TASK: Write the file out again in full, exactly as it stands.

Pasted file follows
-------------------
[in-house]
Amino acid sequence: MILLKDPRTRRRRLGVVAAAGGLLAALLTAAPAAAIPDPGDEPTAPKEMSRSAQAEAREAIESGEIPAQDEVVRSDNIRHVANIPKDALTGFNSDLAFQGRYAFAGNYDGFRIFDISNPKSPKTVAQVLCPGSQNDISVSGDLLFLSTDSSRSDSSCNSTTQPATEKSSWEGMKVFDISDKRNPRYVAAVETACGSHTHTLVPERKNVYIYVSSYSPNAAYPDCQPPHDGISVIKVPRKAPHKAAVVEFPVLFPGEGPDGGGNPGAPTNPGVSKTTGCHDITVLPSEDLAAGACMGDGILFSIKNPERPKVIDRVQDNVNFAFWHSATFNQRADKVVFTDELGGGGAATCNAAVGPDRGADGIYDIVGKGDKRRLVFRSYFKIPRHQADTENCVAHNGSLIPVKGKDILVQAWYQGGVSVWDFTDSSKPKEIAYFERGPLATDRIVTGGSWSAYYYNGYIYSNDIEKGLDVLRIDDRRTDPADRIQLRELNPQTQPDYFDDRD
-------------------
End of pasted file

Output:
[in-house]
Amino acid sequence: MILLKDPRTRRRRLGVVAAAGGLLAALLTAAPAAAIPDPGDEPTAPKEMSRSAQAEAREAIESGEIPAQDEVVRSDNIRHVANIPKDALTGFNSDLAFQGRYAFAGNYDGFRIFDISNPKSPKTVAQVLCPGSQNDISVSGDLLFLSTDSSRSDSSCNSTTQPATEKSSWEGMKVFDISDKRNPRYVAAVETACGSHTHTLVPERKNVYIYVSSYSPNAAYPDCQPPHDGISVIKVPRKAPHKAAVVEFPVLFPGEGPDGGGNPGAPTNPGVSKTTGCHDITVLPSEDLAAGACMGDGILFSIKNPERPKVIDRVQDNVNFAFWHSATFNQRADKVVFTDELGGGGAATCNAAVGPDRGADGIYDIVGKGDKRRLVFRSYFKIPRHQADTENCVAHNGSLIPVKGKDILVQAWYQGGVSVWDFTDSSKPKEIAYFERGPLATDRIVTGGSWSAYYYNGYIYSNDIEKGLDVLRIDDRRTDPADRIQLRELNPQTQPDYFDDRD